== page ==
The development of the submarine weapon was a product of many different minds, all with varying intentions. Some were patriots, seeking the ultimate counter to the naval super-weapons of first-rate powers. Others were schemers, betting their lives and fortunes on unproven vessels of their own design, seeking riches and renown beyond measure. There were, of course, those who explored the physical universe through the mind, men who could conceptualize the vastly complicated interaction of man-made materials and the physical nature of the abyss. These men oftentimes never sought to bring their drawings and writings from the confine of paper or parchment, but inspired generations of dreamers to follow. The most important group, however, was that of the journeyman inventor, men of the mind who traveled from country to country seeking patronage for their radical dreams.
Though modern historians have cast doubts on the account, some believe that the first practical submarine was conceived and built by the Dutch physician Cornelius Van Drebbel in the early 1600’s. He lived amongst the ranks of the journeyman inventor, gaining the sponsorship of English King James the First despite his Dutch heritage. His design was supposedly a redesigned launch, crewed by three men. It was constructed of wood covered by waterproof greased leather, and propelled by two pairs of wooden oars which haphazardly emerged from the sides of the device. The oars would turn horizontally for the forward stroke, and then flatten out to push the most amount of water, gently propelling the vessel forward. Buoyancy would be adjusted by water-filled pigskin bags, which could be filled or expelled by the meager crew. It was, to say the least, not a particularly safe or efficient design, even given the time period in which she was built.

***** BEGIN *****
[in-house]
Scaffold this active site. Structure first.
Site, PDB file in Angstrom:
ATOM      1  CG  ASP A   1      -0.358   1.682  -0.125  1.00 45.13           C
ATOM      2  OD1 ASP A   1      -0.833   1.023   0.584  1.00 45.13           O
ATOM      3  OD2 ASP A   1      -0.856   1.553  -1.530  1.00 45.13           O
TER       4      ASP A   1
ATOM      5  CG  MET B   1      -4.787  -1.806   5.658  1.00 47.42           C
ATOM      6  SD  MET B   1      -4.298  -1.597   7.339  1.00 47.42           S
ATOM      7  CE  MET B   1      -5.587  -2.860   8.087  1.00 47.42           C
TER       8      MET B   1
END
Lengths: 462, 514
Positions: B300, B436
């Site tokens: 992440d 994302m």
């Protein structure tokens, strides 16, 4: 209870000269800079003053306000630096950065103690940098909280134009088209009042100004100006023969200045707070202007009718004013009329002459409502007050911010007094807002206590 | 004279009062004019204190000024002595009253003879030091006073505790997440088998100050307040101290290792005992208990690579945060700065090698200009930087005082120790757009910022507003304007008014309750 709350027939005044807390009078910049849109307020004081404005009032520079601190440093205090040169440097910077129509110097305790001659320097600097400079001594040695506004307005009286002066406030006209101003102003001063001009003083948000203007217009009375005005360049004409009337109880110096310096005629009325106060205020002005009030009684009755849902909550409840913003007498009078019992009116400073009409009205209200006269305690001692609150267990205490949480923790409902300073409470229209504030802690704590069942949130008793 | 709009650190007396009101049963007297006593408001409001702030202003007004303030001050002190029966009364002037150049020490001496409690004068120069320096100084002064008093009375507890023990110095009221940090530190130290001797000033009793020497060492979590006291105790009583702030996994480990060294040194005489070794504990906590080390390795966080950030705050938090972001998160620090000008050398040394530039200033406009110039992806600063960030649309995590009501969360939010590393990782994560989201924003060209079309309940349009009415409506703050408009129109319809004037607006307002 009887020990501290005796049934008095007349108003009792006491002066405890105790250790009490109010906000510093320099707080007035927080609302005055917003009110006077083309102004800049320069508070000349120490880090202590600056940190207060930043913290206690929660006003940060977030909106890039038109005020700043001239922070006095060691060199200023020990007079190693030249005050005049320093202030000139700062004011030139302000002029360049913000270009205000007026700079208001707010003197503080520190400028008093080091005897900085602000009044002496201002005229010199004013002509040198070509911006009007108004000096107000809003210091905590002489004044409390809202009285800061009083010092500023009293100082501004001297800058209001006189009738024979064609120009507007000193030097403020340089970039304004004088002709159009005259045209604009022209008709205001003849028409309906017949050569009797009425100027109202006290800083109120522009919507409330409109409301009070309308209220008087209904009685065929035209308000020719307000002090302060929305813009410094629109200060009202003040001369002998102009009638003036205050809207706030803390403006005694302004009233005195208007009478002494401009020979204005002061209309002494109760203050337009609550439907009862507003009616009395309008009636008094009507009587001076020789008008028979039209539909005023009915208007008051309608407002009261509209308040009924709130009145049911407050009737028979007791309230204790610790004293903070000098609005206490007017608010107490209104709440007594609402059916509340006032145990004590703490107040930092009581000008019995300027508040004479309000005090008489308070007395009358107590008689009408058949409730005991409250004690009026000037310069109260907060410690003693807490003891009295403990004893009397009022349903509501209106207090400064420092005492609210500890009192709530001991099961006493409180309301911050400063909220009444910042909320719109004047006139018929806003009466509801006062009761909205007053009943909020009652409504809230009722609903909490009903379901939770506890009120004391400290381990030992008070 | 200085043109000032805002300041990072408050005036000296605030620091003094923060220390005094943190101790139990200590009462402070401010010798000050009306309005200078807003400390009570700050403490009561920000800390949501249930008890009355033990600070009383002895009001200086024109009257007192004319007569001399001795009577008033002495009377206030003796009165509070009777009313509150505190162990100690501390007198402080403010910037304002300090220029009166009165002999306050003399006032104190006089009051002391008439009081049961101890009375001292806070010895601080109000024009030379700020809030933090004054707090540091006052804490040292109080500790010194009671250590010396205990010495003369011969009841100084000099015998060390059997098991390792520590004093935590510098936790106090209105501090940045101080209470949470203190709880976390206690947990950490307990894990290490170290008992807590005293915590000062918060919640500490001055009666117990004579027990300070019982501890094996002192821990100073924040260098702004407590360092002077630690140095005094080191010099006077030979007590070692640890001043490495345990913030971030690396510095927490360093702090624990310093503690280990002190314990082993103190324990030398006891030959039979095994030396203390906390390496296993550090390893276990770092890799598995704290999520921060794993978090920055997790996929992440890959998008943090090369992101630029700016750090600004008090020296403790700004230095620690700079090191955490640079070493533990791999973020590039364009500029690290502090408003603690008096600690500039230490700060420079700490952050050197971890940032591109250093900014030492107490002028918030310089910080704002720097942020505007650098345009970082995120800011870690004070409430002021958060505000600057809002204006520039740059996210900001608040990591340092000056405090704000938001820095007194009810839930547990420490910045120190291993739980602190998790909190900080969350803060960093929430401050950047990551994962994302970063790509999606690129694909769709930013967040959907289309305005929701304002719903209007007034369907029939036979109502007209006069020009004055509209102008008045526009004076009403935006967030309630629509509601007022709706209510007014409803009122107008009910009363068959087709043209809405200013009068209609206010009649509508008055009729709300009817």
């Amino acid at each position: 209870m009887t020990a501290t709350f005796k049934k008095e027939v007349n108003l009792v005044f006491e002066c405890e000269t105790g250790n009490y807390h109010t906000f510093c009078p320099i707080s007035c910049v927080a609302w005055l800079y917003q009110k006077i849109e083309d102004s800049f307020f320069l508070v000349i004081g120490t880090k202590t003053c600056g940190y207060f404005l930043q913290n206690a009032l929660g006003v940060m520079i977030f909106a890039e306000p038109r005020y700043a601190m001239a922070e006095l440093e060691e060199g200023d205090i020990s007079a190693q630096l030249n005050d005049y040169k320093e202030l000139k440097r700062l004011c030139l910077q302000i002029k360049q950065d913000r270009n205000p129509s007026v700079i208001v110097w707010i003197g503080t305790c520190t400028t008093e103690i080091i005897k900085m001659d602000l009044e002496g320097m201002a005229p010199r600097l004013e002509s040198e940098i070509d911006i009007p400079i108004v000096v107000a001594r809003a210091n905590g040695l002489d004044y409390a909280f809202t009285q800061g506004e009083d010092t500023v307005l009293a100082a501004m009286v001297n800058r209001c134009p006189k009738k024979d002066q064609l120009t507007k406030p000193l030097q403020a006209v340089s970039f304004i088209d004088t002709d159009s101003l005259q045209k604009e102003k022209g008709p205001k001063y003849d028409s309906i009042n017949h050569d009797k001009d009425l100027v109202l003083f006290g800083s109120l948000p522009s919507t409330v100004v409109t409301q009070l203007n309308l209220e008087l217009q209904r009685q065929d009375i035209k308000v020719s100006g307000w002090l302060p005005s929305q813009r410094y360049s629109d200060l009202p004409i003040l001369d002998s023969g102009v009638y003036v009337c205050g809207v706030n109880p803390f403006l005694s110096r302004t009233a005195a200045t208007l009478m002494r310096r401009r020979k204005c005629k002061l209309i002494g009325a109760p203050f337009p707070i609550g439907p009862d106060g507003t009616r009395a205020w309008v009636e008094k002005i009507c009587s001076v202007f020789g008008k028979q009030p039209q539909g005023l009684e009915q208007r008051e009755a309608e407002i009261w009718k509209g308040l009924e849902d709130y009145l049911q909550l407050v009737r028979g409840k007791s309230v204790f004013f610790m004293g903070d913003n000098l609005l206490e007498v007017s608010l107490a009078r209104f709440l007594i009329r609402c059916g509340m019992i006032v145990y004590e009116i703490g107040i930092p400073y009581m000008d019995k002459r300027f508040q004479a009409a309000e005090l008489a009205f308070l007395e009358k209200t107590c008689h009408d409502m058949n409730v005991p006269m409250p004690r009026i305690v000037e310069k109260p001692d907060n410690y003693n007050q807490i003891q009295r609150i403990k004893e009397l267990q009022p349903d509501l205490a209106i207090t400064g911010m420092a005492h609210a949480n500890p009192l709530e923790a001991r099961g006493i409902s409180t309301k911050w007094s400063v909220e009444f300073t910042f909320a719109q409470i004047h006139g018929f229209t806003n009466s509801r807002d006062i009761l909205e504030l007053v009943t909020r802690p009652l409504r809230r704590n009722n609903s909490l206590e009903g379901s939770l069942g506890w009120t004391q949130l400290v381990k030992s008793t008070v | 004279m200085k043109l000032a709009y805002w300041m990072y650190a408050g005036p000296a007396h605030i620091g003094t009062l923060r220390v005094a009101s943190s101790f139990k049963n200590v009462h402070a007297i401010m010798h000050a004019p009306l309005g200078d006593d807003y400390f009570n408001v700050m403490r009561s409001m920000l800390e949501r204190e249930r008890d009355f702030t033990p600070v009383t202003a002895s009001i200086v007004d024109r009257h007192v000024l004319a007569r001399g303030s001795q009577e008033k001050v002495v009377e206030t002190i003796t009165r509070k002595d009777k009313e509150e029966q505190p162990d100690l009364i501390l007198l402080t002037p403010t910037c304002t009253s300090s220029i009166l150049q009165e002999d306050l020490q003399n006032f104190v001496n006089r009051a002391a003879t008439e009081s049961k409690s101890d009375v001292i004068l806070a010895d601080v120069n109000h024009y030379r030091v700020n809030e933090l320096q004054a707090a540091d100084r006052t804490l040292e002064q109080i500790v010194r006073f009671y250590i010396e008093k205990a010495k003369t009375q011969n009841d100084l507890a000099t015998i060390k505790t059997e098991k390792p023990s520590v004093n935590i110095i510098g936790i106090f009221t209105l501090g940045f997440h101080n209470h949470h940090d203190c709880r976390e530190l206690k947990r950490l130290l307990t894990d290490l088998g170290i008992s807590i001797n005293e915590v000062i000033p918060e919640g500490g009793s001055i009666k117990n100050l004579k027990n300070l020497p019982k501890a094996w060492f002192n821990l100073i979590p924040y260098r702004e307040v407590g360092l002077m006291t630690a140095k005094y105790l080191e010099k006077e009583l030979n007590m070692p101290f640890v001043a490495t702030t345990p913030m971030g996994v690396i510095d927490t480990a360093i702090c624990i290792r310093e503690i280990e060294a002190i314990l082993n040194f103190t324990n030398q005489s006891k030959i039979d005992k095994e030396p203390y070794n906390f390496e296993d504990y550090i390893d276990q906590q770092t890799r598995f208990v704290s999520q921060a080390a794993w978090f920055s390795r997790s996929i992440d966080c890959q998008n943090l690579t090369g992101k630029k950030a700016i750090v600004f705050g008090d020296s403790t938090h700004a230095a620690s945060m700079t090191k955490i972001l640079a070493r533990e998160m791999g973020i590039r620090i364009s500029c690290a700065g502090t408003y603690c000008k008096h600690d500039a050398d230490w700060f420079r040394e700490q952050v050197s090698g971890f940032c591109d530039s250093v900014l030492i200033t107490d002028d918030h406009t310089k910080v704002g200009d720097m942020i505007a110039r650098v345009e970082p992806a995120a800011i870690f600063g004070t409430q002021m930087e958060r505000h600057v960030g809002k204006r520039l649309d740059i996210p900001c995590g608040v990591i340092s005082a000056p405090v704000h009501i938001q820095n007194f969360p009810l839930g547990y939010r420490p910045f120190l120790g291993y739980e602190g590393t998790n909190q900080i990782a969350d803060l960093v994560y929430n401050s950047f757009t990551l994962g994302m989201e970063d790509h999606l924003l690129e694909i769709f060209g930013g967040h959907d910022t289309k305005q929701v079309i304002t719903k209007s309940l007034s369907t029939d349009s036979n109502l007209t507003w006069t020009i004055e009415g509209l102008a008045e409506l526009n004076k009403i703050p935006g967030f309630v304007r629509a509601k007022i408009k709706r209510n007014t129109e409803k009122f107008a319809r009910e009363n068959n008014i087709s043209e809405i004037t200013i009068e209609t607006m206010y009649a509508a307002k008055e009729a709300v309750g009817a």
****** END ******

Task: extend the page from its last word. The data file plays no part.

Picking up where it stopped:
According to historical accounts, throngs of people turned out to witness the strange vessel’s first test, slated to begin in the Thames river at Whitehall. The vessel descended into the water and began her run, eventually reaching Greenwich before she surfaced, her crew alive and well.
There are a number of problems with the physics of the supposed test. Given the free-surface problem and the lack of any effective propulsion, Van Drebbel’s submarine likely just drifted downriver with her freeboard awash, perhaps unseen among the trash and human effuse that polluted London’s central waterway. Had she actually descended into the water column of the river, she had no means of effectively halting her descent, and she would have bounced along the bottom of the waterway until she burst and flooded, killing her crew. Greased leather, perhaps useful in a rainstorm, is not a material known for effective sealant in submerged conditions. Should Dr. Van Drebbel’s vessel descend more than a few feet below the surface, her pigskin ballast bags would burst, or her leather-secured oar-holes leak, or the wooden skeleton itself simply fail. It is likely that the account has gained acceptance over time due to repetition alone, and by the plausibility of the particulars at hand.